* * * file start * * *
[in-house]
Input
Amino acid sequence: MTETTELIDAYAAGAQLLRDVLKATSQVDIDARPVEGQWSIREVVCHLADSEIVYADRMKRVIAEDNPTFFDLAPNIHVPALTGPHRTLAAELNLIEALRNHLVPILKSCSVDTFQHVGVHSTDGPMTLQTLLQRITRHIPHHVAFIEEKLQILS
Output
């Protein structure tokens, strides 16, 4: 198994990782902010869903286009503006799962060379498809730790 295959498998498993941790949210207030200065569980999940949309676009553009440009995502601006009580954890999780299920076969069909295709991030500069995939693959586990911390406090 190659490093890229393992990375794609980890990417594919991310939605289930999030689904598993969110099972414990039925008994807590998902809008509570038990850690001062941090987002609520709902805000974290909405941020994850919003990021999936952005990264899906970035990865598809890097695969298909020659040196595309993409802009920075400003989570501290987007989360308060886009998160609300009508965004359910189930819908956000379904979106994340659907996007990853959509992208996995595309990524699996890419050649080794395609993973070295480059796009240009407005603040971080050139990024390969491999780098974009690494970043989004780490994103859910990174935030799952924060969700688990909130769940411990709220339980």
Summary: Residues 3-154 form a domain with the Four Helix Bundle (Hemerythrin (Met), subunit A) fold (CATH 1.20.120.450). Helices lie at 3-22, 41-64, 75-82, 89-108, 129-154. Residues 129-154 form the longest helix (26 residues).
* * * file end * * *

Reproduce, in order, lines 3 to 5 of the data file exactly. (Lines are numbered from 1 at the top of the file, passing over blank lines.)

Amino acid sequence: MTETTELIDAYAAGAQLLRDVLKATSQVDIDARPVEGQWSIREVVCHLADSEIVYADRMKRVIAEDNPTFFDLAPNIHVPALTGPHRTLAAELNLIEALRNHLVPILKSCSVDTFQHVGVHSTDGPMTLQTLLQRITRHIPHHVAFIEEKLQILS
Output
């Protein structure tokens, strides 16, 4: 198994990782902010869903286009503006799962060379498809730790 295959498998498993941790949210207030200065569980999940949309676009553009440009995502601006009580954890999780299920076969069909295709991030500069995939693959586990911390406090 190659490093890229393992990375794609980890990417594919991310939605289930999030689904598993969110099972414990039925008994807590998902809008509570038990850690001062941090987002609520709902805000974290909405941020994850919003990021999936952005990264899906970035990865598809890097695969298909020659040196595309993409802009920075400003989570501290987007989360308060886009998160609300009508965004359910189930819908956000379904979106994340659907996007990853959509992208996995595309990524699996890419050649080794395609993973070295480059796009240009407005603040971080050139990024390969491999780098974009690494970043989004780490994103859910990174935030799952924060969700688990909130769940411990709220339980």